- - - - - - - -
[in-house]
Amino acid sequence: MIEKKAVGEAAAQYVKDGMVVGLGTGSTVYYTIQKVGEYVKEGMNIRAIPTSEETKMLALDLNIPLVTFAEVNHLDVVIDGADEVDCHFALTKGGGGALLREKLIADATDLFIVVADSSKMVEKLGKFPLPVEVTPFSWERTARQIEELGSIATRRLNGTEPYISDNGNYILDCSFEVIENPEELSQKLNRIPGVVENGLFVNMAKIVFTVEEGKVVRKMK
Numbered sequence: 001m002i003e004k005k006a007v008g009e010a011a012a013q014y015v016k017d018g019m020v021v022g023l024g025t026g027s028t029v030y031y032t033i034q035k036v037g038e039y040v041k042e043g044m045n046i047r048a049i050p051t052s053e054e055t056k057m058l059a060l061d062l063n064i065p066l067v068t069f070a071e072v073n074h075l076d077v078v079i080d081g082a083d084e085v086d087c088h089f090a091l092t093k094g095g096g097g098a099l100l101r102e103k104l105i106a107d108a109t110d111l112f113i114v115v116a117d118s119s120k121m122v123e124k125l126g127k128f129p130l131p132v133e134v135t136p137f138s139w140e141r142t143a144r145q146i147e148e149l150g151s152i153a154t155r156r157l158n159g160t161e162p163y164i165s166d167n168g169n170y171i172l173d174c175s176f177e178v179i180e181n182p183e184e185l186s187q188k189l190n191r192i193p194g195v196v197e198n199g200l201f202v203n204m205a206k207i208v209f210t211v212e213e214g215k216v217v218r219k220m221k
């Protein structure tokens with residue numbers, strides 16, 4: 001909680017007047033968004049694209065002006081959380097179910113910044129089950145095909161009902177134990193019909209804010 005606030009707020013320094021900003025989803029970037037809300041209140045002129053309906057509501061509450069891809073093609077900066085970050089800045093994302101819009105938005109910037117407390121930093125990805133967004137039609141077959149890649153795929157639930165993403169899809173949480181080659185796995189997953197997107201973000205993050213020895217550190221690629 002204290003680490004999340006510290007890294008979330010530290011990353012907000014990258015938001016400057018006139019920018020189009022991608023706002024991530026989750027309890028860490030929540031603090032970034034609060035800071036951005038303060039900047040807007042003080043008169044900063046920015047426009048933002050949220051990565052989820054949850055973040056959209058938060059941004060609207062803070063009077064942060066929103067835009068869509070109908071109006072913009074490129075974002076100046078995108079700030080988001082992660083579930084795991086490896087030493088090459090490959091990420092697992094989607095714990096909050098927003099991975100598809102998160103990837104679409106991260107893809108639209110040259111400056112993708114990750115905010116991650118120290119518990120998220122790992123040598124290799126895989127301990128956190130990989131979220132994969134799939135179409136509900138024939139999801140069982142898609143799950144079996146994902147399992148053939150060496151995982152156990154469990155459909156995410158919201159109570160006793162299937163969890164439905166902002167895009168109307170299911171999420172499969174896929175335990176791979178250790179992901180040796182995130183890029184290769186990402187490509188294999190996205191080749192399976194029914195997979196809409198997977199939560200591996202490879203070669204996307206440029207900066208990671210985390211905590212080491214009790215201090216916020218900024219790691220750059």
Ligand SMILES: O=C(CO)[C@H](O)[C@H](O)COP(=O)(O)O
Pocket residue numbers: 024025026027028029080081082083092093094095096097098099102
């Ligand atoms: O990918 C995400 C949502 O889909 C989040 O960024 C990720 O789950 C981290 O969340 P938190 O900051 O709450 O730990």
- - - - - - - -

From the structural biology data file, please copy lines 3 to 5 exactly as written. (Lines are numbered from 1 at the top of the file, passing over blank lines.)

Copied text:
Numbered sequence: 001m002i003e004k005k006a007v008g009e010a011a012a013q014y015v016k017d018g019m020v021v022g023l024g025t026g027s028t029v030y031y032t033i034q035k036v037g038e039y040v041k042e043g044m045n046i047r048a049i050p051t052s053e054e055t056k057m058l059a060l061d062l063n064i065p066l067v068t069f070a071e072v073n074h075l076d077v078v079i080d081g082a083d084e085v086d087c088h089f090a091l092t093k094g095g096g097g098a099l100l101r102e103k104l105i106a107d108a109t110d111l112f113i114v115v116a117d118s119s120k121m122v123e124k125l126g127k128f129p130l131p132v133e134v135t136p137f138s139w140e141r142t143a144r145q146i147e148e149l150g151s152i153a154t155r156r157l158n159g160t161e162p163y164i165s166d167n168g169n170y171i172l173d174c175s176f177e178v179i180e181n182p183e184e185l186s187q188k189l190n191r192i193p194g195v196v197e198n199g200l201f202v203n204m205a206k207i208v209f210t211v212e213e214g215k216v217v218r219k220m221k
């Protein structure tokens with residue numbers, strides 16, 4: 001909680017007047033968004049694209065002006081959380097179910113910044129089950145095909161009902177134990193019909209804010 005606030009707020013320094021900003025989803029970037037809300041209140045002129053309906057509501061509450069891809073093609077900066085970050089800045093994302101819009105938005109910037117407390121930093125990805133967004137039609141077959149890649153795929157639930165993403169899809173949480181080659185796995189997953197997107201973000205993050213020895217550190221690629 002204290003680490004999340006510290007890294008979330010530290011990353012907000014990258015938001016400057018006139019920018020189009022991608023706002024991530026989750027309890028860490030929540031603090032970034034609060035800071036951005038303060039900047040807007042003080043008169044900063046920015047426009048933002050949220051990565052989820054949850055973040056959209058938060059941004060609207062803070063009077064942060066929103067835009068869509070109908071109006072913009074490129075974002076100046078995108079700030080988001082992660083579930084795991086490896087030493088090459090490959091990420092697992094989607095714990096909050098927003099991975100598809102998160103990837104679409106991260107893809108639209110040259111400056112993708114990750115905010116991650118120290119518990120998220122790992123040598124290799126895989127301990128956190130990989131979220132994969134799939135179409136509900138024939139999801140069982142898609143799950144079996146994902147399992148053939150060496151995982152156990154469990155459909156995410158919201159109570160006793162299937163969890164439905166902002167895009168109307170299911171999420172499969174896929175335990176791979178250790179992901180040796182995130183890029184290769186990402187490509188294999190996205191080749192399976194029914195997979196809409198997977199939560200591996202490879203070669204996307206440029207900066208990671210985390211905590212080491214009790215201090216916020218900024219790691220750059």
Ligand SMILES: O=C(CO)[C@H](O)[C@H](O)COP(=O)(O)O